Maple-Roasted Brussels Sprouts with Toasted Pecans and Pomegranate
 
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Author:
Recipe type: Vegetable Side Dish
Cuisine: Holiday
Serves: 8 servings
Ingredients
Toasted Pecans
  • ⅓ cup pecans, broken into pieces
  • ¾ teaspoon tamari
Roasted Brussels Sprouts
  • 2 pounds Brussels sprouts
  • 3 tablespoons extra-virgin olive oil
  • ¾ teaspoon sea salt
  • a few grinds of black pepper
  • 4 cloves garlic, minced
  • 1½ tablespoon maple syrup
  • 1 tablespoon balsamic vinegar reduction
  • ⅓ cup pomegranate seeds, for garnish
Instructions
  1. Preheat oven to 350 degrees F. Place pecans on sheet pan and toast in the oven for 6-8 minutes. When fully toasted, remove from the oven into a mixing bowl. Drizzle with tamari and let cool.
  2. Preheat oven to 400 degrees F.
  3. Trim brussels sprouts and cut in half (or in quarters if very large). Place in a large bowl and toss with olive oil, sea salt, and black pepper.
  4. Spread brussels sprouts out onto large sheet pan (or two smaller sheet pans) and roast in the oven for 12 minutes.
  5. While roasting the brussels sprouts, combine maple syrup and garlic. After 12 minutes, give the brussels sprouts a stir and add maple syrup and garlic mixture. Continue to roast until golden brown, about 15 minutes more.
  6. Remove brussels sprouts to a platter. Sprinkle with toasted pecans and pomegranate seeds. Drizzle with balsamic reduction.
Note:
  1. For this large platter mounded with brussels sprouts, I used 5 pounds of brussels sprouts.

This recipe is fairly simple, but does require knowing how to get the seeds out of a pomegranate. I use the method presented in this video (cut the pomegranate in half and tap one half at a time with a wooden spoon or hammer until all seeds pop out).

roasted brussels sprouts

Here are some of the dishes from our Friendsgiving feast:

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This salad from Suzanne Court Catering was so wild and fresh!

thanksgiving tableIMG_5547

Beautiful pork dish with roasted squash, toasted pecans, and arugula by Chef David Garrido of Dine Raddison Austin.

IMG_5553

I highly recommend putting a dinner like this together with your friends. Just set up a shared google spreadsheet so everyone can sign up for a dish, or just take your chances that you will have a varied meal! I made maple-roasted brussels sprouts for the event. Try them this holiday season, as they are simple to make and have the perfect colors for a festive side dish!

Roasted Brussels Sproutsphoto of maple roasted brussels sprouts

Winter salad with dried figs, pomegranate, avocado, and pecans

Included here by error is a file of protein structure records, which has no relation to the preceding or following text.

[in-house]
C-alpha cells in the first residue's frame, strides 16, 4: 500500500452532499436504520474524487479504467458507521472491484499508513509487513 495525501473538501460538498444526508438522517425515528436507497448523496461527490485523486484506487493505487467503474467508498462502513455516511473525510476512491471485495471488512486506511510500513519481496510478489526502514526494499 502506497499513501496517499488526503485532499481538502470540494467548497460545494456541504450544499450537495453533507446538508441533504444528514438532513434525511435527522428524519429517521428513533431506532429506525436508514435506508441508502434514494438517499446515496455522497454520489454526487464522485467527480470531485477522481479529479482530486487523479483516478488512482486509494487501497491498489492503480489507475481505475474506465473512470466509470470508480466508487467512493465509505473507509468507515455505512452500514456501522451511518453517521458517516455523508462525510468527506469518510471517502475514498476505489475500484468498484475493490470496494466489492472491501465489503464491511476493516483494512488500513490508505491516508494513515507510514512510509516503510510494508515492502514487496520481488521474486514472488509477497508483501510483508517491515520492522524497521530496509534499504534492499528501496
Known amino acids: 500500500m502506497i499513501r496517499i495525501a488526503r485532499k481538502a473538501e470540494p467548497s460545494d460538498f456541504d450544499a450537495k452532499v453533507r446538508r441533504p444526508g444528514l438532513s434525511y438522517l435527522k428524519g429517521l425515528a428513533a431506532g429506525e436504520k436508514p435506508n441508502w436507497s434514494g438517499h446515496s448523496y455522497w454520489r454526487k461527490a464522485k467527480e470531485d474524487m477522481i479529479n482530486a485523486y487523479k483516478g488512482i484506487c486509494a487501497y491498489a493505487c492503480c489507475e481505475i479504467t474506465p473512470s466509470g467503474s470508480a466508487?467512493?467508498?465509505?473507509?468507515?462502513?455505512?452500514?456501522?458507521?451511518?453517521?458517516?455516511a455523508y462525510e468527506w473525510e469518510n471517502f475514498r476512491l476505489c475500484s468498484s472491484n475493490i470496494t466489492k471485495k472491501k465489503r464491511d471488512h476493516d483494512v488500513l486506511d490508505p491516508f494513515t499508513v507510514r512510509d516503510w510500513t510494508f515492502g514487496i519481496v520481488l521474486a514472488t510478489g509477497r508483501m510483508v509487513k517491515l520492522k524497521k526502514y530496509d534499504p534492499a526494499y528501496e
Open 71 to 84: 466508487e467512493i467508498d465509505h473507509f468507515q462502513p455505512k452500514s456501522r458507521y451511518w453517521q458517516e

The inspiration for this salad came from the earth’s bounty in December in the South. The contrasting colors, flavors, and textures from the fruits, nuts, and greens make an irresistible combination. You will need to get the seeds out of a pomegranate for this recipe. My favorite, least technical, and least messy way to do this involves cutting the pomegranate in half, submerging the halves in a bowl of water, and gently opening each half and removing seeds under the water (see method 3 in wikiHow article: http://www.wikihow.com/Open-a-Pomegranate). It is well worth the effort. The extra seeds keep well for later, refrigerated in a glass container. The kumquats are optional in this recipe, but are a fun ingredient to use when they come into season in the wintertime. The entire fruit is edible, and in fact the peel is sweet and the inside is sour (the opposite of an orange). Look for kumquats that are firm, as they should be juicier.

Winter salad with dried figs, pomegranate, avocado, and pecans
 
Prep time
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This salad is perfect for holiday gatherings or any meal that needs a colorful side dish.
Author:
Recipe type: Salad
Serves: 6 servings
Ingredients
Salad
  • 4 cups mixed field greens or baby arugula
  • 4 dried figs, soaked in warm water
  • ¼ cup pomegranate seeds
  • 1 small avocado, cut into chunks
  • ¼ cup pecan halves, toasted
  • 2 kumquats, thinly sliced (optional)
Maple Balsamic Dressing
  • 2 tablespoons balsamic vinegar
  • 2 tablespoons fresh orange or tangerine juice
  • 1 teaspoon maple syrup
  • 1 small clove fresh garlic, minced (optional)
  • ¼ teaspoon sea salt, or to taste
  • freshly ground black pepper, to taste
  • ¼ cup extra-virgin olive oil
Instructions
Salad
  1. Rinse and spin dry mixed greens. Place on large platter or into large salad bowl. Drain figs and slice thinly, removing any tough stems. Decorate greens with fig slices, pomegranate seeds, avocado chunks, and toasted pecan halves. Garnish with kumquat slices, if desired.
Dressing
  1. Whisk together all ingredients except olive oil. Gradually whisk in olive oil, one drop at a time, until well incorporated.